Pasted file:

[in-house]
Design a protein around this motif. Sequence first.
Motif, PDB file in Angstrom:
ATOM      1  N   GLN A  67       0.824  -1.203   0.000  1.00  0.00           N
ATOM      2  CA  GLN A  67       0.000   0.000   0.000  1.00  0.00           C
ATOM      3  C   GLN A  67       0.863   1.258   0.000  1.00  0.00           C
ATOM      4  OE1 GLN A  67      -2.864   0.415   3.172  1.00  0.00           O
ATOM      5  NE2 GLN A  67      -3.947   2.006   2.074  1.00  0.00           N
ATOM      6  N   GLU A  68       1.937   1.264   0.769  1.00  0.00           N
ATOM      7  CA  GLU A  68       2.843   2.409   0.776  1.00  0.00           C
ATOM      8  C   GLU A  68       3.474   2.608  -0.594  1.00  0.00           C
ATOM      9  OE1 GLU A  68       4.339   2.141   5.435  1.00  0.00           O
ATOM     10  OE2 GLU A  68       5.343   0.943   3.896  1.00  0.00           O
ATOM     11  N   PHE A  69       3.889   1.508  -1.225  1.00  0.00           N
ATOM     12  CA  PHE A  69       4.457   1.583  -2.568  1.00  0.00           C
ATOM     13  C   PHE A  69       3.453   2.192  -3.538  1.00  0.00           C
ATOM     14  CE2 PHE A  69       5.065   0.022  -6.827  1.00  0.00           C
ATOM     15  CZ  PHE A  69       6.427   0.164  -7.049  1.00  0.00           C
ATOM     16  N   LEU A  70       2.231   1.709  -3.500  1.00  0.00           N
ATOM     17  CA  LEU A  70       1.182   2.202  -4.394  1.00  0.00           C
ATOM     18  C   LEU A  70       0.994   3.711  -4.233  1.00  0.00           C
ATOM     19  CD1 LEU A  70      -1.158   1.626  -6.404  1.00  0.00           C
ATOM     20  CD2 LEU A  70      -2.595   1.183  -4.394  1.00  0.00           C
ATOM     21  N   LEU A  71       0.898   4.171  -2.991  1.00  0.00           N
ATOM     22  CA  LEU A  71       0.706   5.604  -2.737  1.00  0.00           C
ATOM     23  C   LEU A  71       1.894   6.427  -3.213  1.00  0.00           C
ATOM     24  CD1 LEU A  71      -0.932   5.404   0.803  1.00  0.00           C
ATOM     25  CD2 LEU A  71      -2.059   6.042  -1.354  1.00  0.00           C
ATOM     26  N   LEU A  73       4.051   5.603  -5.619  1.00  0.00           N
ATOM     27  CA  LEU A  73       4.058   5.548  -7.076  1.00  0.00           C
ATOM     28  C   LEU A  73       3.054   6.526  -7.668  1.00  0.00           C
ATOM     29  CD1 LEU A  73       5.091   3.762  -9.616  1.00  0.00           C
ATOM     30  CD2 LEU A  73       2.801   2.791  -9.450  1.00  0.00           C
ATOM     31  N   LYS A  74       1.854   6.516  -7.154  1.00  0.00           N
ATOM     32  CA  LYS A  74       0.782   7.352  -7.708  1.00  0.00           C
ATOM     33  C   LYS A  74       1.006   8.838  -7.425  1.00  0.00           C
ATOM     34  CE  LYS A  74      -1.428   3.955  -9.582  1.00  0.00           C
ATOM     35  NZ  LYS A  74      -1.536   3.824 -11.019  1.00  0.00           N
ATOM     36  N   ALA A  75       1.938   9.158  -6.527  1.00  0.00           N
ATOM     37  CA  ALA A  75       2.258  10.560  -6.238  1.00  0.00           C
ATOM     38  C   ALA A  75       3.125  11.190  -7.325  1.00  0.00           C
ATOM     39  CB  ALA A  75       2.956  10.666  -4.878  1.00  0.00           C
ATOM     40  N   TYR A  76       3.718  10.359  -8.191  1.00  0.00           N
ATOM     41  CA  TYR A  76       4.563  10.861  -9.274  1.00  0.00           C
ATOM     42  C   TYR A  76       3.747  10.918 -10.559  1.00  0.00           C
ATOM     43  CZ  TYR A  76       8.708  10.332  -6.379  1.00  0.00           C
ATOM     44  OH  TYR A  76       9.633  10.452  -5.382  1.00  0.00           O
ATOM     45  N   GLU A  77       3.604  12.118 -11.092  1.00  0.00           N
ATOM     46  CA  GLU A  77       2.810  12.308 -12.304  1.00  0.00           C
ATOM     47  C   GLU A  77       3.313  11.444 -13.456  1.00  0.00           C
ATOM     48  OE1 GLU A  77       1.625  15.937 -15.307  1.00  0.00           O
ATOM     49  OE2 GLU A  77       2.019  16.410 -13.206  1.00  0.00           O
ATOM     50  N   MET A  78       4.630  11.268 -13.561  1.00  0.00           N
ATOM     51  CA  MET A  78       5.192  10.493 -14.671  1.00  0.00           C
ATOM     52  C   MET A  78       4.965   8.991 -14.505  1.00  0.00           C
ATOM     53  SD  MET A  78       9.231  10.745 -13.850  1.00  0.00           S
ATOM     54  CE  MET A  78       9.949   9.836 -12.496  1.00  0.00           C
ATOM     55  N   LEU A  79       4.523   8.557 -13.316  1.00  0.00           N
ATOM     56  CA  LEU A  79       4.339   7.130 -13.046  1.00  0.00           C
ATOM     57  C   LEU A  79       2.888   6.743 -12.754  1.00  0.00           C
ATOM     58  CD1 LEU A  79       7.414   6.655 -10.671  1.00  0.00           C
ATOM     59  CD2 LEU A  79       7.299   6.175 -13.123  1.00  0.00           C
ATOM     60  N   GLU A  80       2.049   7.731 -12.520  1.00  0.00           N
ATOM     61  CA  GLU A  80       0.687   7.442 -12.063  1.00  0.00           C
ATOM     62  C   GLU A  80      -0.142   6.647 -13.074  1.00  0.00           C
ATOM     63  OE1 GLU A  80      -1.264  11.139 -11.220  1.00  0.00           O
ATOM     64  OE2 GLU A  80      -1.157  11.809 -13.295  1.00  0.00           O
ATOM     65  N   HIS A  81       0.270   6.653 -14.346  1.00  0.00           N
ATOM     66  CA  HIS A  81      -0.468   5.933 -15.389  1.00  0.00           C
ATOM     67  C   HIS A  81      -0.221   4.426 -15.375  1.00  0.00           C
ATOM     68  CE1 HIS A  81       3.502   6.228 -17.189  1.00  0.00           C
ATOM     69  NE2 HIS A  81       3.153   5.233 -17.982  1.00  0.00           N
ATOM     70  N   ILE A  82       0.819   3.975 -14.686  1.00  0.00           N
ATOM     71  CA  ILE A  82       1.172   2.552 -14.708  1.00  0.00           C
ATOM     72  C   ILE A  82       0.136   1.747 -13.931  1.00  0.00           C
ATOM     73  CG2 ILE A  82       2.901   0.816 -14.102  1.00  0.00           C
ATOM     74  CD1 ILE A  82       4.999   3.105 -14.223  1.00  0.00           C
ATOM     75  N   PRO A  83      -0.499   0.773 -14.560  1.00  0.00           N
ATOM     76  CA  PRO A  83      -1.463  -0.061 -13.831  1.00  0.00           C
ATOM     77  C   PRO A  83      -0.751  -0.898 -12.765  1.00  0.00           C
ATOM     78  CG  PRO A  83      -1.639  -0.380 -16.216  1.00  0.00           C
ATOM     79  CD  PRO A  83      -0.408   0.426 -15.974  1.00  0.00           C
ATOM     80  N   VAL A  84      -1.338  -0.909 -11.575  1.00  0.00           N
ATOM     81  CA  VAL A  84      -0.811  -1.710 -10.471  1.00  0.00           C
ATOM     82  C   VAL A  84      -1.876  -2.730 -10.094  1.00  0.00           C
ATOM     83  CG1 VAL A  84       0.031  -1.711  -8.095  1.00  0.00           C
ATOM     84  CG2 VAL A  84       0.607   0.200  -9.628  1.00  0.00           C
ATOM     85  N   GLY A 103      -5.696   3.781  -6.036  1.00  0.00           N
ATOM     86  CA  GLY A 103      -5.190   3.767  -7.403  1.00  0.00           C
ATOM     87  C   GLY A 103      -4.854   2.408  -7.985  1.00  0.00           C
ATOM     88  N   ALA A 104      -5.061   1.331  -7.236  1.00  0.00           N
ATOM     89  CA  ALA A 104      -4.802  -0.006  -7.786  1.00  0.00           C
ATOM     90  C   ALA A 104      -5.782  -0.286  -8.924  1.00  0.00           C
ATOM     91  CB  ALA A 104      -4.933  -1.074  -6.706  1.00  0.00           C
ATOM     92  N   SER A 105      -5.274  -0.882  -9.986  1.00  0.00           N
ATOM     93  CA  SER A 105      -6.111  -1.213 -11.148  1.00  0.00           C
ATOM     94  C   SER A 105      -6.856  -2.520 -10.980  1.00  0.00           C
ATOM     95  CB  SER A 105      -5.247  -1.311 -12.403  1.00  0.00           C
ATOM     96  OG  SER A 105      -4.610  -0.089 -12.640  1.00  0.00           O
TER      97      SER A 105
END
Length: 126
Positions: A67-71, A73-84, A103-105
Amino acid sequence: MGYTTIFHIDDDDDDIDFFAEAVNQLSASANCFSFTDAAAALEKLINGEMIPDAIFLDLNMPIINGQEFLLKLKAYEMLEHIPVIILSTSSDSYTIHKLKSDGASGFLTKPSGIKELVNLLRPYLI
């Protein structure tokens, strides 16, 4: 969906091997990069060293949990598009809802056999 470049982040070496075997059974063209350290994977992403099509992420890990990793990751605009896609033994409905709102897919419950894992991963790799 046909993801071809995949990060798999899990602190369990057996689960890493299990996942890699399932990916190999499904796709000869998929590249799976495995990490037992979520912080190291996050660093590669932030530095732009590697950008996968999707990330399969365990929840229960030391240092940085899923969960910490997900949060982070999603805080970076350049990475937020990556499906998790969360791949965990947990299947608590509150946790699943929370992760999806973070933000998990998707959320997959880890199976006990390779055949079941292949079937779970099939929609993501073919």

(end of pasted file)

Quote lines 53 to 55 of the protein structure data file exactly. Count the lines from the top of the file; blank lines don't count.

ATOM     50  N   MET A  78       4.630  11.268 -13.561  1.00  0.00           N
ATOM     51  CA  MET A  78       5.192  10.493 -14.671  1.00  0.00           C
ATOM     52  C   MET A  78       4.965   8.991 -14.505  1.00  0.00           C